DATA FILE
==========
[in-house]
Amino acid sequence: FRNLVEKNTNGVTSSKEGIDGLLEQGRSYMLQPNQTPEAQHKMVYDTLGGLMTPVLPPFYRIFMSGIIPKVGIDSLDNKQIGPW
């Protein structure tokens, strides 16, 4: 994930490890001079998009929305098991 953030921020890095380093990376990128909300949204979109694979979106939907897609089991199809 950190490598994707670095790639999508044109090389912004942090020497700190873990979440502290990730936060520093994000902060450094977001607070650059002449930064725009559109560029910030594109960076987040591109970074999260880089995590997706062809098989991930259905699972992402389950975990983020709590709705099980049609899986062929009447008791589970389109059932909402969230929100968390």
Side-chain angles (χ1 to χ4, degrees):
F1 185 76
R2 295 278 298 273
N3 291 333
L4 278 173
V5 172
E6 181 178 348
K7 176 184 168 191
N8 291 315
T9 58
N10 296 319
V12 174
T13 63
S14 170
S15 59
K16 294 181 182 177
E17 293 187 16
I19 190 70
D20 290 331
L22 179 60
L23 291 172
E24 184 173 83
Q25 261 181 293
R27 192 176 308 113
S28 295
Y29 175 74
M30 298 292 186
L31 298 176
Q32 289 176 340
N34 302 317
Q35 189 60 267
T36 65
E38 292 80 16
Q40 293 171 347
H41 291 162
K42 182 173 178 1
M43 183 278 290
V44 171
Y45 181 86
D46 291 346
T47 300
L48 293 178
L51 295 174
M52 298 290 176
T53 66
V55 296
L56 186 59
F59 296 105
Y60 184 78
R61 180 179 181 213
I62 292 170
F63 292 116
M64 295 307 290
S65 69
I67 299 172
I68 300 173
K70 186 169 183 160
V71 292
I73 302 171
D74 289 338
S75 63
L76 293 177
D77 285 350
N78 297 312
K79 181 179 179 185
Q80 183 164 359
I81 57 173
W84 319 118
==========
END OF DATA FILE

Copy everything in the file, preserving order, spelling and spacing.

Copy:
[in-house]
Amino acid sequence: FRNLVEKNTNGVTSSKEGIDGLLEQGRSYMLQPNQTPEAQHKMVYDTLGGLMTPVLPPFYRIFMSGIIPKVGIDSLDNKQIGPW
């Protein structure tokens, strides 16, 4: 994930490890001079998009929305098991 953030921020890095380093990376990128909300949204979109694979979106939907897609089991199809 950190490598994707670095790639999508044109090389912004942090020497700190873990979440502290990730936060520093994000902060450094977001607070650059002449930064725009559109560029910030594109960076987040591109970074999260880089995590997706062809098989991930259905699972992402389950975990983020709590709705099980049609899986062929009447008791589970389109059932909402969230929100968390």
Side-chain angles (χ1 to χ4, degrees):
F1 185 76
R2 295 278 298 273
N3 291 333
L4 278 173
V5 172
E6 181 178 348
K7 176 184 168 191
N8 291 315
T9 58
N10 296 319
V12 174
T13 63
S14 170
S15 59
K16 294 181 182 177
E17 293 187 16
I19 190 70
D20 290 331
L22 179 60
L23 291 172
E24 184 173 83
Q25 261 181 293
R27 192 176 308 113
S28 295
Y29 175 74
M30 298 292 186
L31 298 176
Q32 289 176 340
N34 302 317
Q35 189 60 267
T36 65
E38 292 80 16
Q40 293 171 347
H41 291 162
K42 182 173 178 1
M43 183 278 290
V44 171
Y45 181 86
D46 291 346
T47 300
L48 293 178
L51 295 174
M52 298 290 176
T53 66
V55 296
L56 186 59
F59 296 105
Y60 184 78
R61 180 179 181 213
I62 292 170
F63 292 116
M64 295 307 290
S65 69
I67 299 172
I68 300 173
K70 186 169 183 160
V71 292
I73 302 171
D74 289 338
S75 63
L76 293 177
D77 285 350
N78 297 312
K79 181 179 179 185
Q80 183 164 359
I81 57 173
W84 319 118